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Blog

On Weaning

Stina KC

The Young Mother by Charles West Cope

“My heart is not proud, Lord, my eyes are not haughty; I do not concern myself with great matters or things too wonderful for me. But I have calmed and quieted myself, I am like a weaned child with its mother; like a weaned child I am content.”       —Psalm 131:1-2

When I was 16 I spent three weeks on a Christian canoe trip in the northernmost part of Minnesota. Battling constant mosquitos (the other state bird, goes the joke), hoisting a 70 pound Alumacraft canoe on my sunburnt shoulders, and not showering for over 20 days were among the many challenges; discovering the tiniest blueberries along the rocky shore, hearing mournful loon cries, and journaling each morning were among the many joys. Looking back now, my age now doubled, I marvel at the sheer time I spent away from modern life and its responsibilities.

Being a Christian wilderness trip, our instructors made sure we had a daily dose of Jesus along with our morning oatmeal. They chose Psalm 131 as our theme scripture, which we read together many times by the smoky campfire. “I have calmed and quieted myself,” was an easy verse for me to ponder as I sat at the water’s edge, watching the morning sun burn off mist on the lake. The next part: “I am like a weaned child with its mother; like a weaned child I am content,” was more confusing. I was a teenager who didn’t know any nursing mothers; I had no younger siblings or cousins to observe. What was a weaned child like? How is God like a mother, one who no longer offers her breast?

This verse resurfaced for me recently when I was nursing my one-year old to sleep for his afternoon nap, his fingers reaching up to gently stroke my cheek. I could have stopped nursing him ages ago —he doesn’t need breastmilk to have a healthy dietbut I enjoy the time of connecting with my baby who is becoming more independent with each passing day. My son enjoys it too; he loudly cries for “milkies time!” when he needs extra comfort. Together we snuggle up, staring into each other’s eyes, and I marvel at how my body continues to provide food for this baby it grew and birthed.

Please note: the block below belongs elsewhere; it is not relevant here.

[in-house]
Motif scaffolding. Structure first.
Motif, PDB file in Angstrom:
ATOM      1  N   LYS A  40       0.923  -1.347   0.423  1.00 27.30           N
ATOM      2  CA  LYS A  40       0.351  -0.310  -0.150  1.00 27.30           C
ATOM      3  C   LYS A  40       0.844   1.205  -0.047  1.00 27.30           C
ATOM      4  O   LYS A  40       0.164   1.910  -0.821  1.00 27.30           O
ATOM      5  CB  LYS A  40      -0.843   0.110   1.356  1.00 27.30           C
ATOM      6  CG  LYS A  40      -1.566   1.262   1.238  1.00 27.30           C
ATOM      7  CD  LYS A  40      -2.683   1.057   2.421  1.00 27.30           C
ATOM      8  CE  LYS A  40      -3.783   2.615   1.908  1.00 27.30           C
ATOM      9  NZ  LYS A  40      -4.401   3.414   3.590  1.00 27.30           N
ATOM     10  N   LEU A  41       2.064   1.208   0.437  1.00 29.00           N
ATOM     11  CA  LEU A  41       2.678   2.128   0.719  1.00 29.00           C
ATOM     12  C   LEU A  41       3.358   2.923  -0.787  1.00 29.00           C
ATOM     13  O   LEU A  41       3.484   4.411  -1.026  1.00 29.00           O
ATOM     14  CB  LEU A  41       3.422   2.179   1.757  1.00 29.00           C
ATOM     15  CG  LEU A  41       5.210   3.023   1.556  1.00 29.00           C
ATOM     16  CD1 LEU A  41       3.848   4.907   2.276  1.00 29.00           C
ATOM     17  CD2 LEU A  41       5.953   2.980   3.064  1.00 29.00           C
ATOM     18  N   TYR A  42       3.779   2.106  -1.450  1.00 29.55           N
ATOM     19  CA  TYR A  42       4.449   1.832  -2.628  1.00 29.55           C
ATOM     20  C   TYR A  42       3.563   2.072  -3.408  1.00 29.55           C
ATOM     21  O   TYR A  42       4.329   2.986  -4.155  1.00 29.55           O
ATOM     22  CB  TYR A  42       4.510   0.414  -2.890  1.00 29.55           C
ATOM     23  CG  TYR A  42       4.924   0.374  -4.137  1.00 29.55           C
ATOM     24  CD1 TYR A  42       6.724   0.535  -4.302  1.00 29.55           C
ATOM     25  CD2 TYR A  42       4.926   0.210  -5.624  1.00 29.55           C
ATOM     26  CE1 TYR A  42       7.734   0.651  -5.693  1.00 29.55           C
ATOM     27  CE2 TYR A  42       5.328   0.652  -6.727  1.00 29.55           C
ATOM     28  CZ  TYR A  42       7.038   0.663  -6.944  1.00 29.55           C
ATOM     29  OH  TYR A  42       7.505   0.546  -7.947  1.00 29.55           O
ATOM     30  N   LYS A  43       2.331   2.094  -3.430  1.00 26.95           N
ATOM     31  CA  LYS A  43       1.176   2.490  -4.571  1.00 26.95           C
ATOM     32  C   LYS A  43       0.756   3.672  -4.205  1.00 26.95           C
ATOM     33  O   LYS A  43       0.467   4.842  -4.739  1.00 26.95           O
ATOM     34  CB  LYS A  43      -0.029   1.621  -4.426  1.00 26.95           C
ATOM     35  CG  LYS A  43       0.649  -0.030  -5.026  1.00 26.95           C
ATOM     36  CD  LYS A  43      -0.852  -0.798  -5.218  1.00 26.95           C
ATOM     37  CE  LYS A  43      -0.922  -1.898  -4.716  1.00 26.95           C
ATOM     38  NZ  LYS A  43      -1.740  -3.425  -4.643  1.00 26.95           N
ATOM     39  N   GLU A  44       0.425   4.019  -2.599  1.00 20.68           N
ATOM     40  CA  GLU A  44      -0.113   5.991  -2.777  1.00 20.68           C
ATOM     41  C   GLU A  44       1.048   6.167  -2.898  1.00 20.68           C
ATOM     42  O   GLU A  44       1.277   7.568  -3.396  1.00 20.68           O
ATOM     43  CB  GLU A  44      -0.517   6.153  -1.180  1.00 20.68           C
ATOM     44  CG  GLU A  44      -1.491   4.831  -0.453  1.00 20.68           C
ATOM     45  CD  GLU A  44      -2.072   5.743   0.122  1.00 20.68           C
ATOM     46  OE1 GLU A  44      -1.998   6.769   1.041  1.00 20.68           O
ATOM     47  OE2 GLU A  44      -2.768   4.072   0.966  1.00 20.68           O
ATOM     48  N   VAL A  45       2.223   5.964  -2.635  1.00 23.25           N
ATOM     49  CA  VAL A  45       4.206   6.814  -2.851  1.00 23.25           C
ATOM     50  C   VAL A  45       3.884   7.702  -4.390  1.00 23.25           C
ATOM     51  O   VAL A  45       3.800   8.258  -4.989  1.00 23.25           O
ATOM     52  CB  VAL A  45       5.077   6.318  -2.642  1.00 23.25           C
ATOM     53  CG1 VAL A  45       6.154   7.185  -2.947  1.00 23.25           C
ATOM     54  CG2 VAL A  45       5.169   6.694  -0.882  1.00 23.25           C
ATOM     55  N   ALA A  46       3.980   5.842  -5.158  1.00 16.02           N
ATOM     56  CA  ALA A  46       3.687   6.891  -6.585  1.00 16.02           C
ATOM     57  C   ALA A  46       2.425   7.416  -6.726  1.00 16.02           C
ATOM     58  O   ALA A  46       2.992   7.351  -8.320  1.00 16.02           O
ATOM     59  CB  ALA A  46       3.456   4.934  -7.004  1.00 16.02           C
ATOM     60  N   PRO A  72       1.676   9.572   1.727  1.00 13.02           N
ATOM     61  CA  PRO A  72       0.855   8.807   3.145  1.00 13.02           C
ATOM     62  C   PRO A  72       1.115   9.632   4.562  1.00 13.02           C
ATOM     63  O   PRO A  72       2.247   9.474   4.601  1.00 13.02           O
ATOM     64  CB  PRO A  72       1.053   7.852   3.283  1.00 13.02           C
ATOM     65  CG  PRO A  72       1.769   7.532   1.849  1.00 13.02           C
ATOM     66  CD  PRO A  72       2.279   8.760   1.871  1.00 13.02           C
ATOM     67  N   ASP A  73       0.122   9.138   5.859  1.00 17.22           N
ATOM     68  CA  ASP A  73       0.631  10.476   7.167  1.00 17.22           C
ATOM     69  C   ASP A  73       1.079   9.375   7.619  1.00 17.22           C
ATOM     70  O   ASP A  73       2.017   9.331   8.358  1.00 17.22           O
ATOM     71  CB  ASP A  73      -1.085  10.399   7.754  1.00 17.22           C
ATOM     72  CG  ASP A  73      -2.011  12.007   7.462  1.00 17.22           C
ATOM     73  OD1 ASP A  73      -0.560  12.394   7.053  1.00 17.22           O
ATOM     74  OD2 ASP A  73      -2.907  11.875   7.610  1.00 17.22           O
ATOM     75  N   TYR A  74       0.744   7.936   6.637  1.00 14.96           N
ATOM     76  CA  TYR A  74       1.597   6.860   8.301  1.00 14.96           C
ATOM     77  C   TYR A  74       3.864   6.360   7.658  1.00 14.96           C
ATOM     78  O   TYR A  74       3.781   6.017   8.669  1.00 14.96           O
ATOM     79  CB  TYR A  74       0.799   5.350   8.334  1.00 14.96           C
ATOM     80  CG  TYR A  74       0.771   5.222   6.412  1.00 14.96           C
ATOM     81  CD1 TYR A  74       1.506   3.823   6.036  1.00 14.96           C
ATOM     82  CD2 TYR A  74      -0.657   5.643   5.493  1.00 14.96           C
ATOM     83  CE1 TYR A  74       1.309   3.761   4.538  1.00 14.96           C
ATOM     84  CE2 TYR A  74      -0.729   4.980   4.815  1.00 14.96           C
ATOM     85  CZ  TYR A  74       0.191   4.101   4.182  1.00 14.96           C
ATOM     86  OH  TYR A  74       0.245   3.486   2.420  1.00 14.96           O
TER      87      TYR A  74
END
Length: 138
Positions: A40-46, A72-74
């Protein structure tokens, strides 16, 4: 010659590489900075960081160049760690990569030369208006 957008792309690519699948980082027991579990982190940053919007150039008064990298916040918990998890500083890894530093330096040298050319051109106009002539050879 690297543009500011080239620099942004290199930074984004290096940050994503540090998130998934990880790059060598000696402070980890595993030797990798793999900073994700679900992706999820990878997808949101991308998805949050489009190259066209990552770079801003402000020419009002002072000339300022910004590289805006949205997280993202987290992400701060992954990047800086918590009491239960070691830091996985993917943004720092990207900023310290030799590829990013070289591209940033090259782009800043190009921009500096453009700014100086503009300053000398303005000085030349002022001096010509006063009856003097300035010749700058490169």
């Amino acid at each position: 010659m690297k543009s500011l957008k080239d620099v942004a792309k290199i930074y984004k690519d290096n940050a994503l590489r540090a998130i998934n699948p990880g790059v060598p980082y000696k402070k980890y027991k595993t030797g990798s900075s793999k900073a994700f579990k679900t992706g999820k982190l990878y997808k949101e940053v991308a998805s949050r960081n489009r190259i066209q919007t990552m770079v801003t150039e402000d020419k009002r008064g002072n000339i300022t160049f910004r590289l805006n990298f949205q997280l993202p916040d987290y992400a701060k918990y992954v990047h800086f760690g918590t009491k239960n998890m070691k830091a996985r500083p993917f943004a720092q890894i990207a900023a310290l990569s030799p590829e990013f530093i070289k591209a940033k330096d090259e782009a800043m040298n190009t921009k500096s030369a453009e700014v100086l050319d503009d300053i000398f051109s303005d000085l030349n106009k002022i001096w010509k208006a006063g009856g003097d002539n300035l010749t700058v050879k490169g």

Even so, the time is coming when our nursing times will dwindle. Weaning is inevitable. And, while I will mourn the end of this special connection, I will also feel relief. Breastfeeding can be painful, exhausting, annoying. Weaning my son will mean more personal freedom; it will mean I can leave him for several days if needed. It will mean I can wish him good morning without yanking up my shirt.

I wonder at how God as described in Psalm 131 must feel, her weaned child at her side. Does she feel relief that her baby no longer claws at her breast, demanding the most basic of nourishment? Does she grieve at how her baby is now a child, strong enough to eat solid food without any supplementation?

My guess is that God feels peace knowing her child has a strong enough attachment to contently sit by her side, no longer needing breastmilk. Her child sits quietly, trusting that the world ison the wholea safe place and that he or she is deeply loved. Infancy is over; the child only needs her mother’s presence.

When I was 16 and paddling into strong winds on windy lakes, I prayed for God’s strength and could literally feel new energy entering my muscles, powering my strokes. I was “on fire” for Jesus; God’s love was as real to me as the canoe paddle in my hand. These days, I cycle through doubt and cynicism, only to find myself crying during hymns in church. I am not a contented child, calm and quiet in the company of her mother. I yearn to understand all that I cannot understand.

I not the model child, but I know God is still here, sitting nearby. I imagine she is watching me fondly, offering her peace if only I will still my mind.